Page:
Wednesday, November 22, 2006

Thanksgiving and Dad's yahrzeit

Yesterday was my dad's yahrzeit - he has been dead for eight years now. My brother and I emailed about what we'd do to observe the occasion, besides missing our dad everyday, as we still both seem to do. My brother wrote a nice piece about our dad for his blog. He talked about the bittersweetness of seeing dad in his daughter, and I thought about how sometimes little things about my older son remind me so much of dad - he has the Shapiro eyes and coloring - but the main thing my brother saying his daughter was like our dad made me think about was how much I want to be like my father. My mom came to live with me for the last 4 years of her life, and I tried to on take my dad's role of bubble-popper, and bringer-down-to-earth for her wild flights of fancy. I guess I want to be that voice of wisdom, and cynicism, and sweetness, and humor, that was our dad, so I really like it that my brother can see him in a girl.

We both planned to drink some gin - on the rocks with a twist of lemon, our dad's drink; when I emailed David, I said I had just put 3 glasses with strips of lemon in them into the freezer (dad liked the lemon frozen - it used to be how you could tell he had been for a visit - little strips of lemon in the freezer) and I was going to light a candle and drink a little gin with my kids. And then I was going to start cooking for Thanksgiving, make the pickly carrots and probably plug up the sink - and I suceeded beyond my wildest dreams - had to call professional help, who is here now.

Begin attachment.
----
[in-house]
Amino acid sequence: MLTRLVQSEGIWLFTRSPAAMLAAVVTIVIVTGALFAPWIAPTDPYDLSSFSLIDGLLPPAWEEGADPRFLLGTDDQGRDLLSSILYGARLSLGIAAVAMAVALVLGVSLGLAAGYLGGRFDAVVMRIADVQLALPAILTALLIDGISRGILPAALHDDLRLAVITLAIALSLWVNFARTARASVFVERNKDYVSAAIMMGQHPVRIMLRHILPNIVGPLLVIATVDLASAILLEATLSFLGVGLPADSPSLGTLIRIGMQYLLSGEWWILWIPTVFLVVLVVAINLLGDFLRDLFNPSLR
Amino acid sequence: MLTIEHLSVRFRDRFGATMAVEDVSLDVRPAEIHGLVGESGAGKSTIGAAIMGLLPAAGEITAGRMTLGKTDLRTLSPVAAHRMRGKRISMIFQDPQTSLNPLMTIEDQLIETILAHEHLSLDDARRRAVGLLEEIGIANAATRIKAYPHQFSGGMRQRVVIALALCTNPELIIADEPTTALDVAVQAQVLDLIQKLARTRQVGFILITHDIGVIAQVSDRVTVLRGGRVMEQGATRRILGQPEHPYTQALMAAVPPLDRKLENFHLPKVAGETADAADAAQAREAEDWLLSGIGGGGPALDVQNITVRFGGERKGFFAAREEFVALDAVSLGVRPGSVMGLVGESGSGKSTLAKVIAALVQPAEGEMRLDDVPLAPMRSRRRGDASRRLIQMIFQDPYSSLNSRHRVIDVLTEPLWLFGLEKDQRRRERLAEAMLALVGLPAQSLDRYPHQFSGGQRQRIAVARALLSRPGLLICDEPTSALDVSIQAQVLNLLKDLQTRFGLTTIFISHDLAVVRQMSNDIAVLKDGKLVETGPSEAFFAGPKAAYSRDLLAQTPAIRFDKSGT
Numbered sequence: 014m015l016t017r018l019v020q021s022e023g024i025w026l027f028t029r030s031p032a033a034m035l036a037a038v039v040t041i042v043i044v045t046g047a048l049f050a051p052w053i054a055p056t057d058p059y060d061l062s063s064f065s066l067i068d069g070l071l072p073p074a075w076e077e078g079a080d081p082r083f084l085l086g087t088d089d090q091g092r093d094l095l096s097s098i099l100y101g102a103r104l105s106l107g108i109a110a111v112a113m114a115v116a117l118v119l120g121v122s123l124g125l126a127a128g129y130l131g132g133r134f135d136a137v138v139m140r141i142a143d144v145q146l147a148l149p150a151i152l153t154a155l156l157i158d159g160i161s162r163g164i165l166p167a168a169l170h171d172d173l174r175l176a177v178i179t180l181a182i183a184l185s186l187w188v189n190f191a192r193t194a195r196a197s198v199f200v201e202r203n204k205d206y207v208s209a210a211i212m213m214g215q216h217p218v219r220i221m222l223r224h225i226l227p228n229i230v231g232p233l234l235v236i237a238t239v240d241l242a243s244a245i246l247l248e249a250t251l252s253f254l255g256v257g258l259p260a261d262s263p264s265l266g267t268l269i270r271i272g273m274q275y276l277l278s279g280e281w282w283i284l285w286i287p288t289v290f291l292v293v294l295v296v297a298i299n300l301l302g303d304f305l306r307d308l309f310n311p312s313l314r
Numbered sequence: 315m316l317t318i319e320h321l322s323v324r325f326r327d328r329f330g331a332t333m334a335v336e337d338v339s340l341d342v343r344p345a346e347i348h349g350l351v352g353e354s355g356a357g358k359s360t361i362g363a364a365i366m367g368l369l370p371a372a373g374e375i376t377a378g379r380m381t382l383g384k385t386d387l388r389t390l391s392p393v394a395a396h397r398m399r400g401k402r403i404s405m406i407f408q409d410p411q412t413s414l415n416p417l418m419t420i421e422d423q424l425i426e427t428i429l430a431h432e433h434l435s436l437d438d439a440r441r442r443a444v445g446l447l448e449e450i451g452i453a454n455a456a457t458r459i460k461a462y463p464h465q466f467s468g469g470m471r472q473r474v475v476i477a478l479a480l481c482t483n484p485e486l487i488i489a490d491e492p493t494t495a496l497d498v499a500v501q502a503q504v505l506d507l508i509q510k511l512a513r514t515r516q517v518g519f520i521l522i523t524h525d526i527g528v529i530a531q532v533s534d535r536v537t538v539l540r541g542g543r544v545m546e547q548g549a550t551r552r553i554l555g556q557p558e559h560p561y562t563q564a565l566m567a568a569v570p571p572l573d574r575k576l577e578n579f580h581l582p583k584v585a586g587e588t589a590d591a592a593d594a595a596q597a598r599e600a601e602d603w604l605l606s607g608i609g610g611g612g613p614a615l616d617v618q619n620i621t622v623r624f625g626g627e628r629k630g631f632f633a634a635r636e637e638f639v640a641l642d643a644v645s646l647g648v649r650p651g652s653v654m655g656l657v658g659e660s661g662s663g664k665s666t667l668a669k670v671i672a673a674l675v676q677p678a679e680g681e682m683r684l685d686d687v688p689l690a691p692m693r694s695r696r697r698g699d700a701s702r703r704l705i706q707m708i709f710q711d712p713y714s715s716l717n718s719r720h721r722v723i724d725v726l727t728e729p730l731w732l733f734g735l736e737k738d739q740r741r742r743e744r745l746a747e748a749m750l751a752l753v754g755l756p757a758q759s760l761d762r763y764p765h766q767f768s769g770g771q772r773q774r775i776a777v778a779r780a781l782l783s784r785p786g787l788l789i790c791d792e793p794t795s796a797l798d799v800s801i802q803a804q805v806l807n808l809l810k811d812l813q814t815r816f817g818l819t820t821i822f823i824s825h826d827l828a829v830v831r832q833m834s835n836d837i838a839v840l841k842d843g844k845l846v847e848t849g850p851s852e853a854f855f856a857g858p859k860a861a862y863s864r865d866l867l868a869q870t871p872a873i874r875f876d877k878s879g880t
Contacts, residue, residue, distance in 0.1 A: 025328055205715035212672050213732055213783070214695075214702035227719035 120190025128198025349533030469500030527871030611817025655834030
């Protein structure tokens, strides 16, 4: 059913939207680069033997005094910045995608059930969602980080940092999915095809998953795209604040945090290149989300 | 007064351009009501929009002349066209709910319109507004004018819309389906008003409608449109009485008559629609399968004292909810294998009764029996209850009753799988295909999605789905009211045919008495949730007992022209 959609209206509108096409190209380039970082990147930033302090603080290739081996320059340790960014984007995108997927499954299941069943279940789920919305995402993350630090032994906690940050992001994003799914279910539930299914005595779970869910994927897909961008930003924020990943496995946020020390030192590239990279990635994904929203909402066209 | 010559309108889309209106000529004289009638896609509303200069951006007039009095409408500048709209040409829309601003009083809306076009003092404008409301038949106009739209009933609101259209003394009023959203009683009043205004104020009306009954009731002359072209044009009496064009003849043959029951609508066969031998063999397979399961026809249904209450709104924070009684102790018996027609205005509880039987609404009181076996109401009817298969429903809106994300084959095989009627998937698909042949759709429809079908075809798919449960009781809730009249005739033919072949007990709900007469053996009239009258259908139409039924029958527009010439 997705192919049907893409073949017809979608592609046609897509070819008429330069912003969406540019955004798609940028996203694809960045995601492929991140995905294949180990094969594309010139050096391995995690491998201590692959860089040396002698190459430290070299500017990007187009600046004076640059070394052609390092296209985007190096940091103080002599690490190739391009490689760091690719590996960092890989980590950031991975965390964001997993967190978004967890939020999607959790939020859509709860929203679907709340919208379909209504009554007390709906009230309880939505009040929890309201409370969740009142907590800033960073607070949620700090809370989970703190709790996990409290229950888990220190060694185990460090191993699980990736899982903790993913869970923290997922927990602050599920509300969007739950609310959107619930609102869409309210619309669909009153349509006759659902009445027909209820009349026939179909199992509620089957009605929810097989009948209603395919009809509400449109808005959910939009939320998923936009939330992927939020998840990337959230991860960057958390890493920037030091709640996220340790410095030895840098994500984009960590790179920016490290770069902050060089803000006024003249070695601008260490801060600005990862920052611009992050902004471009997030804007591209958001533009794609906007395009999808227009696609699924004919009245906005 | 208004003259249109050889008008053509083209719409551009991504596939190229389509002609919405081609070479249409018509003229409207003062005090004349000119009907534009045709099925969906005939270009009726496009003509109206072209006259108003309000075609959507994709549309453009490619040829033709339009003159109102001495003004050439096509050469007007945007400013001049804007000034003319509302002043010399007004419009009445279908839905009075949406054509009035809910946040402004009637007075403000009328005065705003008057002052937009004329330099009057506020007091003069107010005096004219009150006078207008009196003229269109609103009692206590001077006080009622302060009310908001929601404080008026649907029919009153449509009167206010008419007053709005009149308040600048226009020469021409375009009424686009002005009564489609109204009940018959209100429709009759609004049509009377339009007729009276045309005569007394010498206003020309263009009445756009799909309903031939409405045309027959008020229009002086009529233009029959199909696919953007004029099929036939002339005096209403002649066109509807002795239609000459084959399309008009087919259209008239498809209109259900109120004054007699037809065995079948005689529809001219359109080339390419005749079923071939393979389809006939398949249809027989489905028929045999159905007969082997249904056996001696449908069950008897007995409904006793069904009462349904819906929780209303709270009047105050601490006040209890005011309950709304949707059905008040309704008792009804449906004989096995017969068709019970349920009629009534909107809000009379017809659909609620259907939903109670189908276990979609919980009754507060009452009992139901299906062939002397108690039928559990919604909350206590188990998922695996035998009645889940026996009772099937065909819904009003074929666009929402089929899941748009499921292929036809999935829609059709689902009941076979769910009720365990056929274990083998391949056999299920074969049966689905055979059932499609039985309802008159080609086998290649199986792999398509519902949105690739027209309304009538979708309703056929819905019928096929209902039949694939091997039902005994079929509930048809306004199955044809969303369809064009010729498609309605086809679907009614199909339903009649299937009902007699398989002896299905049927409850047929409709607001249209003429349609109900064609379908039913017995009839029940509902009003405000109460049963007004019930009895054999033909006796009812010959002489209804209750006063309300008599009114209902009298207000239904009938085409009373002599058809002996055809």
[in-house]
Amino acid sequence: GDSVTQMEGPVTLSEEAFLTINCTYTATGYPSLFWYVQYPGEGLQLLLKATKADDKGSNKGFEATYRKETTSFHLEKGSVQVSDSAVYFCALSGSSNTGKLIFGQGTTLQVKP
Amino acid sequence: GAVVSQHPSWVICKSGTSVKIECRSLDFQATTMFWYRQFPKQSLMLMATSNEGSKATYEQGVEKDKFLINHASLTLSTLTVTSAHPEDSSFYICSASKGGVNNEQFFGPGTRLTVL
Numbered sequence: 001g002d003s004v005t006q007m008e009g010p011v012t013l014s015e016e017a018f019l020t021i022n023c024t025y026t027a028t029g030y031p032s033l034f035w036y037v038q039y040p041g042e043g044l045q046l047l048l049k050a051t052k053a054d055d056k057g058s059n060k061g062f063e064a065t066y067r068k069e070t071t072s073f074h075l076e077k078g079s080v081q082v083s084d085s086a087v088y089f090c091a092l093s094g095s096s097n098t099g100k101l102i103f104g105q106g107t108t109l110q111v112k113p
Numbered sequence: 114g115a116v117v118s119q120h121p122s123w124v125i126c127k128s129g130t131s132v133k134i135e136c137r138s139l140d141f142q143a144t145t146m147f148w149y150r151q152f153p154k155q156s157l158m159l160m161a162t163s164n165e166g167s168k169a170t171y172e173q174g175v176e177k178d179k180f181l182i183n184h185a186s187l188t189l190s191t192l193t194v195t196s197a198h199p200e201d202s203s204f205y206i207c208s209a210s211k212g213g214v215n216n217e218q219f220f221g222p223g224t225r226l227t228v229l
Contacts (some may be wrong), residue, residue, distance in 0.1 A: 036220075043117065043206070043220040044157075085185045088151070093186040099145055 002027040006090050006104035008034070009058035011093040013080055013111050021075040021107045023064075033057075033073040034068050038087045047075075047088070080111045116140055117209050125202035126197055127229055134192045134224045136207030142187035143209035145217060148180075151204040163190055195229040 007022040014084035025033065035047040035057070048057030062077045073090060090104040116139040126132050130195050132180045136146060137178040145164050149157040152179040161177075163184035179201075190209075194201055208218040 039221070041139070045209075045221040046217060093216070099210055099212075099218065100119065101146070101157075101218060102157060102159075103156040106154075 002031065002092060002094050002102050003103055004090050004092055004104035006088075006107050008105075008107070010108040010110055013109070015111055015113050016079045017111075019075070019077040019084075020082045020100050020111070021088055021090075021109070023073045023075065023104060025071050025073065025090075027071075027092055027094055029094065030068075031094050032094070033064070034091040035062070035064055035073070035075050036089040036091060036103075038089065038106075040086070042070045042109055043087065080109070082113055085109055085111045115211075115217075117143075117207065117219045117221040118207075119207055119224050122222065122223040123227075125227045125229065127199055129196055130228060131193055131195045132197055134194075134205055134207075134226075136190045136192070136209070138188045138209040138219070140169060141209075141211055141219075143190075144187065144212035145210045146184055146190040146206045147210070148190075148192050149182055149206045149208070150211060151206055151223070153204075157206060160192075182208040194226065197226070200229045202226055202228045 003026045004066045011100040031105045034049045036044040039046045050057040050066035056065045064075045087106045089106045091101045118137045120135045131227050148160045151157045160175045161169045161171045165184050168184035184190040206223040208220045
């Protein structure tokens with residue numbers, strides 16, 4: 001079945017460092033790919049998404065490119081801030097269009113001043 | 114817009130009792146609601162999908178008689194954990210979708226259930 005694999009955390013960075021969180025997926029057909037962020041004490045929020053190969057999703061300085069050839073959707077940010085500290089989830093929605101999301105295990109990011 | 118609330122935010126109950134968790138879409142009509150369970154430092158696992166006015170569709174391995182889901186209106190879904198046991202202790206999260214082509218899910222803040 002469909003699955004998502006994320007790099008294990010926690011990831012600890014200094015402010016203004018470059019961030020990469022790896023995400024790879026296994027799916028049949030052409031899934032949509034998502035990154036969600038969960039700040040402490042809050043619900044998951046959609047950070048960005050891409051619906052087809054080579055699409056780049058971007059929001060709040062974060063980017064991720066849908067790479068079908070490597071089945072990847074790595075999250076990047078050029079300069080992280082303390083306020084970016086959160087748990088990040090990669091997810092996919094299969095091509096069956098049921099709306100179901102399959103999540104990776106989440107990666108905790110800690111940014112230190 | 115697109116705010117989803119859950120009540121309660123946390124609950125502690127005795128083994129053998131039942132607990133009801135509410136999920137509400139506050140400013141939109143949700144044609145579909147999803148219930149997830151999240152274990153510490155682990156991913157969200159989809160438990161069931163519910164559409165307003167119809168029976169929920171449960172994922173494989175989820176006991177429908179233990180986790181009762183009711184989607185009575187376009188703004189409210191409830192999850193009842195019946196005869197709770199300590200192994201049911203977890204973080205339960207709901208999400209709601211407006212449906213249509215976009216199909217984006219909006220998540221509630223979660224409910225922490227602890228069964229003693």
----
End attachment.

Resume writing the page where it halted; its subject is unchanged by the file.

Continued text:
Signs of the holiday:

not maybe anymore rhubarb pie

culprit carrots

plugged sink
chex mix

1 comment:

Travis (♀) said...

It's symptomatic of how absent I've been from my own blog that I'm only now reading your comment and your own blog entry. Your father and mine were both first generation Americans from Russian parents. My friend Barrie wrote me last month, "I increasingly feel that our dads were also imbued with a certain generational intellectual style, and outsider moral courage that doesn't really exist any more. I'm not just referring to some "Greatest Generation" cliche (although that might be a touch of it??) but something a little subtler." Your post and your brother's reminded me of that.